the zone of interest review

film by Jonathan Glazer (2023)

“Evil comes from a failure to think. It defies thought, for as soon as thought tries to engage itself with evil and examine the premise and principles from which it originates, it is frustrated because it finds nothing there. That is the banality of evil.” – Hannah Arendt

Review by Aaron Jones | March 10, 2024

In the first few minutes of the film, we are immediately immersed in a black screen, allowing us to give the attention that film demands. Soon, we are taken out of that darkness and into the picturesque image of the Hoss family enjoying a rural outing by a river. As we see Rudolf Hoss for the first time, my first impression is of a gangly, awkward-looking, at best, mediocre man, nothing like the poster boy for the Aryan race or menacing monster one might imagine a person of his reputation to be. This impression is reinforced throughout the film by the banality of evil and images of one of many perpetrators of the mechanisms of death and destruction so coldly developed by members of the Nazi Party.


Most of the film takes place within the confines of the Hoss family home, a microcosm resting on the border of Auschwitz (called “Zone of Interest”), where only a stone wall separates them from the relentless atrocities on the other side. The idyllic family plot where we see Hoss’s wife and children conceals the ignominy of their collusion, giving what we cannot see a more resounding impact.

The Zone of Interest (2023) by Jonathan Glazer Picture 1
Family enjoying a rural outing by a river.

Glazer uses the setting by means of some audacious choices, never showing the inside of the concentration camp. Instead, we stay mostly in the boundaries of the family’s home, observing as they raise their children under the shadow of the never-ending mechanization of industrialized genocide, rumbling on with infernal resolve.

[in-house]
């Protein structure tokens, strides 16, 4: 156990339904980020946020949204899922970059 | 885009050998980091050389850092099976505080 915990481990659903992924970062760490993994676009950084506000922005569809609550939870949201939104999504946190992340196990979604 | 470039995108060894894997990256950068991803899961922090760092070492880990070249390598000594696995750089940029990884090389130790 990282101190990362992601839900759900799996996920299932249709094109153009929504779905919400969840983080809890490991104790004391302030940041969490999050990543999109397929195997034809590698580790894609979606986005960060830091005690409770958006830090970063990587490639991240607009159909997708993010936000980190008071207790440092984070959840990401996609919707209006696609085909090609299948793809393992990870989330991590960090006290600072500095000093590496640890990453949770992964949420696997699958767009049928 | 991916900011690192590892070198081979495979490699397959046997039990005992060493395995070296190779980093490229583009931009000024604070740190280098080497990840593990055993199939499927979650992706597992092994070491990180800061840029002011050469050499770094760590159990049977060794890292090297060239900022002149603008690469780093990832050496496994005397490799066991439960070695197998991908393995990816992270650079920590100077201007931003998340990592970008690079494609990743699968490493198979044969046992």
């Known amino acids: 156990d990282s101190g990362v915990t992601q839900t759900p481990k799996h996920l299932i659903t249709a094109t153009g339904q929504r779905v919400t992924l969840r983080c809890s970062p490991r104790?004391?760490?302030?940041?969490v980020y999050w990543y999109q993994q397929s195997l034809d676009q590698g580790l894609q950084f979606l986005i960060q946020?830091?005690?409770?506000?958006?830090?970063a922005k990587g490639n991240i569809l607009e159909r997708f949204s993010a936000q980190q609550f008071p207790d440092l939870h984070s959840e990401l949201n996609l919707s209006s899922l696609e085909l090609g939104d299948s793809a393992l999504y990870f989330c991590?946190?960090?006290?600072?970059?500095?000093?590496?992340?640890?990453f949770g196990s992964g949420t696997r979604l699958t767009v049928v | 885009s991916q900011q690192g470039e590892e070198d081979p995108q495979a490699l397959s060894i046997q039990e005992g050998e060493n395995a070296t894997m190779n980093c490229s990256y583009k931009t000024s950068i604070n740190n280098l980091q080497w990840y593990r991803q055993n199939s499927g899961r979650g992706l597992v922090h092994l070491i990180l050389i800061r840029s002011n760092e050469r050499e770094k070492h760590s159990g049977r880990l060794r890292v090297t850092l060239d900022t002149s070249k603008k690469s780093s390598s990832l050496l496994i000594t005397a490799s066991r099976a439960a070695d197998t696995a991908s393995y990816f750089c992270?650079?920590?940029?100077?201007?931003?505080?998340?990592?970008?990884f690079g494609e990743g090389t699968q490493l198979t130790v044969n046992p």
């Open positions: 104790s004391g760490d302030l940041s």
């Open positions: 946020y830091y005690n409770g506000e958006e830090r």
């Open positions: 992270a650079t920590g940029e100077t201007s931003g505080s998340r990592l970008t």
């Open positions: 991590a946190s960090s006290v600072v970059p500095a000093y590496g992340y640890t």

The use of sound design becomes an entirely ubiquitous structure, building on the fact that there are only fractions of what resembles a musical score present in the film. The sound plays a unique part in the film’s process as one of the main ways to perceive the horrors occurring on the other side of the walls, creating an almost entirely ambient experience of Auschwitz. There is not a single moment or frame at the family residence that we are not reminded of horrors taking place outside their walls. The sporadic yet consistent din of screams, gunshots, SS officers, barking dogs, and the constant thunderous sound of the incinerators turning bodies into ash.

The Zone of Interest (2023) by Jonathan Glazer Picture 2
Sandra Huller plays Hedwig Hoss, the wife of the infamous commandant.

One of the only revealing elements of the camp is the smokestacks, which illuminate the home in the evenings with their amber glow just beyond the walls. More importantly, the film focuses almost entirely on the perpetrators with minimal narrative structure and centers mainly on the daily lives of the Hoss family as they carry on with insignificant domesticity and the tediums of life’s daily tasks with unsettling disinterest and apathy, showing no signs of self-awareness or moral consciousness.


Its overwhelming clinical approach carries over to its characters through every scene and provides a vexing peek into such inhuman austerity. The Hoss’s laugh and joke in the comforts of their own beds, the children frolic in the pool, and Miss Hoss looks at herself in the mirror in a fur coat confiscated from a Jewish woman, whose fate is of no concern to her. Reading fairy tales to their children at bedtime to fill their minds with pleasant images within their dreams, the Hoss’s later remark on their home being their “dream” further reveals an egregious form of compartmentalization and a shocking revelation at the level of moral and emotional bankruptcy that would be required to consider the central component of the most significant mass genocide in history – “a dream home.”